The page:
While Pentictonites were busy enjoying the B.C. Day long weekend, Stephen Harper was busy dissolving parliament and kicking off one the longest election campaign periods ever.
Fixed election dates were supposed to prevent the tendency of parties in power to call an election when it suited them best: when they were high in the polls or had some other advantage over the other parties.
Harper followed through on the promise of a fixed election date — Oct. 19, 2015 — but still managed to gain advantage by calling the election early.
The federal Conservatives have a larger war chest than either their Liberal or NDP competitors — let alone the Green Party. The 11-week campaign period gives them the opportunity to spend more of that money on election advertising, while the other leading parties are limited to a much shorter period of time.
Then there is the cost to taxpayers. A longer campaign period means Elections Canada will be spending more on salaries, rent for electoral offices and other expenses. The Canadian Taxpayer Federation has suggested the total extra costs could reach $125 million.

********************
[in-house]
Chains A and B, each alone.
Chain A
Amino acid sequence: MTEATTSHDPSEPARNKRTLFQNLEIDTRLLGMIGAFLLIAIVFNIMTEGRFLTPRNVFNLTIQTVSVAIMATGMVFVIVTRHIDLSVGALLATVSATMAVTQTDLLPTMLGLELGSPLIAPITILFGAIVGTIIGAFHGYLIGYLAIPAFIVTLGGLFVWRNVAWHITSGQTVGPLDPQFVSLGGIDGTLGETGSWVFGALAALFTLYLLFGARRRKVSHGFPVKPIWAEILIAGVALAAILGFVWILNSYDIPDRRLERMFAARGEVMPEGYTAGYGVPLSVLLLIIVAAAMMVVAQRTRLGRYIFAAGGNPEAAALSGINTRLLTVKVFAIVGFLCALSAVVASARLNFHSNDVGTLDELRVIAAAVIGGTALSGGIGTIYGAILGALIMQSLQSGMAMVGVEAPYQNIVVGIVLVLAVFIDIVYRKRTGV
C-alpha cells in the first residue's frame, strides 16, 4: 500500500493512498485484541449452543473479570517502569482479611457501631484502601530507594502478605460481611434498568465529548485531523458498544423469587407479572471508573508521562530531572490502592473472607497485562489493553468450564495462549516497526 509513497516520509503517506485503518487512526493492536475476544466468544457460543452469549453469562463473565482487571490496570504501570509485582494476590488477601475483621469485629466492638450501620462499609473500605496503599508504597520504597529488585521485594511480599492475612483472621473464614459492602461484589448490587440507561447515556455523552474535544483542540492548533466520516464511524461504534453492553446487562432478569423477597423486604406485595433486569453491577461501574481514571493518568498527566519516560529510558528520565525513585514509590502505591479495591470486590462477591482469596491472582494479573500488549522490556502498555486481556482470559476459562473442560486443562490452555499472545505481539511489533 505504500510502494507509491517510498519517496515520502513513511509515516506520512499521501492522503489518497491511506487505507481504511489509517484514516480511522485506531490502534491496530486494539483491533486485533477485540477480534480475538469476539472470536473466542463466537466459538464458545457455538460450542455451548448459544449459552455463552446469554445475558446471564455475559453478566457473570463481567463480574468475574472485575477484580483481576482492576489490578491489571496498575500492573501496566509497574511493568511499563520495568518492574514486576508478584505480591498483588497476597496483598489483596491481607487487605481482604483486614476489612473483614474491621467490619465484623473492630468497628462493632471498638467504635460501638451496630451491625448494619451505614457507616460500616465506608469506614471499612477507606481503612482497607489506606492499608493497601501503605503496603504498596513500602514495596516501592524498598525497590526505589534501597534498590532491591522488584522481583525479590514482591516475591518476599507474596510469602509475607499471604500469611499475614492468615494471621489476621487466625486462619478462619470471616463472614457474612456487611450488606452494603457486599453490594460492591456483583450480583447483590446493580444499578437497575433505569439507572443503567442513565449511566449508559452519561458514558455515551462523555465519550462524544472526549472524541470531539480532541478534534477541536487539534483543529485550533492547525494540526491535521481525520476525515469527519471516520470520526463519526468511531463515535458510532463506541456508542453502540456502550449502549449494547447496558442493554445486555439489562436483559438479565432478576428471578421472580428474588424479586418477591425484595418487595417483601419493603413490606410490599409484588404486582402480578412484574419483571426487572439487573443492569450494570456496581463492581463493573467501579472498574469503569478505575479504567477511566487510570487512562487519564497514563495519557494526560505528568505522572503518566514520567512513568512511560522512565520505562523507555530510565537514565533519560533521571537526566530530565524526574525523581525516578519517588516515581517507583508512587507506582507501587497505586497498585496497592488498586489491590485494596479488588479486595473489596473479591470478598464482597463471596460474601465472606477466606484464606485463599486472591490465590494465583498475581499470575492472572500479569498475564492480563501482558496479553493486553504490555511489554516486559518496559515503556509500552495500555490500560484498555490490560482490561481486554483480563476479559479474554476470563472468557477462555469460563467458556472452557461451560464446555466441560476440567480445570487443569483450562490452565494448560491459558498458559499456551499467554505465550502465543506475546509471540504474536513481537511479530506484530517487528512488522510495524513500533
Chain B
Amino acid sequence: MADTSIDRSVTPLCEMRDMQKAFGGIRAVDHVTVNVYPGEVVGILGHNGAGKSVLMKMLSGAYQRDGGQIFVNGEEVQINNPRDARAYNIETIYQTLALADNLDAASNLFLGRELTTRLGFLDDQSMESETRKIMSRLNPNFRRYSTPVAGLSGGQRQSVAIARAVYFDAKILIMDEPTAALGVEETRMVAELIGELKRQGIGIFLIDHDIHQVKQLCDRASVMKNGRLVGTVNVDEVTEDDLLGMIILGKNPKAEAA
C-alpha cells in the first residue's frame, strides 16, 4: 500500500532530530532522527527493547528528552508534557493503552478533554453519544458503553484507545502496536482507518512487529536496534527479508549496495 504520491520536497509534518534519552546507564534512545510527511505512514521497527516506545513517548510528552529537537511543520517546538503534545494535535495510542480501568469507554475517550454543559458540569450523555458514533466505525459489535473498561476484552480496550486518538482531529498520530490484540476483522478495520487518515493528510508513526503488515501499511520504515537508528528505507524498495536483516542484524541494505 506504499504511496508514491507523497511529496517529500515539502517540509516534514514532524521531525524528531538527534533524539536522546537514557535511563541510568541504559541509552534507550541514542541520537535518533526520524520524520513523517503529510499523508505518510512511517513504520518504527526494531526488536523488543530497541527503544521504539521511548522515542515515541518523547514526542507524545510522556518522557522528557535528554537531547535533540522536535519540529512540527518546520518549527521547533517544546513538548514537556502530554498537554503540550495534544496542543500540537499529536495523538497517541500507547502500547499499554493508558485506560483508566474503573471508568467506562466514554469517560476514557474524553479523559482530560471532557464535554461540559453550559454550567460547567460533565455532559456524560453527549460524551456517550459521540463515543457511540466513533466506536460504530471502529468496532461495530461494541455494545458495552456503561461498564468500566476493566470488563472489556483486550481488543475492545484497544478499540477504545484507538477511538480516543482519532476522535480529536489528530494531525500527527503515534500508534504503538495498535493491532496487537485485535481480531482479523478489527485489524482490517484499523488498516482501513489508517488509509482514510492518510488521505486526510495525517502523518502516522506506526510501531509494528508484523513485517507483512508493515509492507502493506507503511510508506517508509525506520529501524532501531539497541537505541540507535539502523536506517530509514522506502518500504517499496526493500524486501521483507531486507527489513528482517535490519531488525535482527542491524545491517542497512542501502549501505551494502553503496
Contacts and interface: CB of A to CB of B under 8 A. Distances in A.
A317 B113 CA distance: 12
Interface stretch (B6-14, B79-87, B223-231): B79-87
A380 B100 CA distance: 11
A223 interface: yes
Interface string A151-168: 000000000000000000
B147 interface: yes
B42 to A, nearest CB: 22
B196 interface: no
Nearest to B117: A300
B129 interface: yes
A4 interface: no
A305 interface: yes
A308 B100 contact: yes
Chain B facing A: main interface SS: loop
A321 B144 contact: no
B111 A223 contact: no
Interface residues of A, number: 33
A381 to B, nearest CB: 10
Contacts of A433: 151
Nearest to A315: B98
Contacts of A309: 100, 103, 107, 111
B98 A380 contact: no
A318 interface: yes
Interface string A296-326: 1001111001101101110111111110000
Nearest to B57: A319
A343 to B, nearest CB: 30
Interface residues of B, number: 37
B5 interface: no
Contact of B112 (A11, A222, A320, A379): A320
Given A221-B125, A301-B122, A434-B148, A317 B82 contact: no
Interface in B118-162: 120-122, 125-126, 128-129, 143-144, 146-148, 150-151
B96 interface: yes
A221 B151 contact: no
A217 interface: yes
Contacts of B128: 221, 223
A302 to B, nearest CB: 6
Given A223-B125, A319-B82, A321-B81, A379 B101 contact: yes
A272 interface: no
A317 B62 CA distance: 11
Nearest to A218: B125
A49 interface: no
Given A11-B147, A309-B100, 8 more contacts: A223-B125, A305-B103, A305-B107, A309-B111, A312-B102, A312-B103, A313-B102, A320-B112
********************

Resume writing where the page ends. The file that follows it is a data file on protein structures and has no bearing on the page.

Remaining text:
And while Elections Canada is spending more, the 11-week campaign also means the parties can spend more. Thanks to changes contained in the Conservative’s Fair Election Act — voted into law last year — spending limits can be increased if the campaign is longer than the 37-day minimum.
This 11-week campaign allows parties to spend more than $50 million, which thanks to the campaign rebate system, will be subsidized by up to 50 per cent by taxpayers.
Stephen Harper may have adhered to the letter of the law by sticking to a fixed election date, but he has broken the spirit of it by rigging the campaign period in his party’s favour, and at our expense.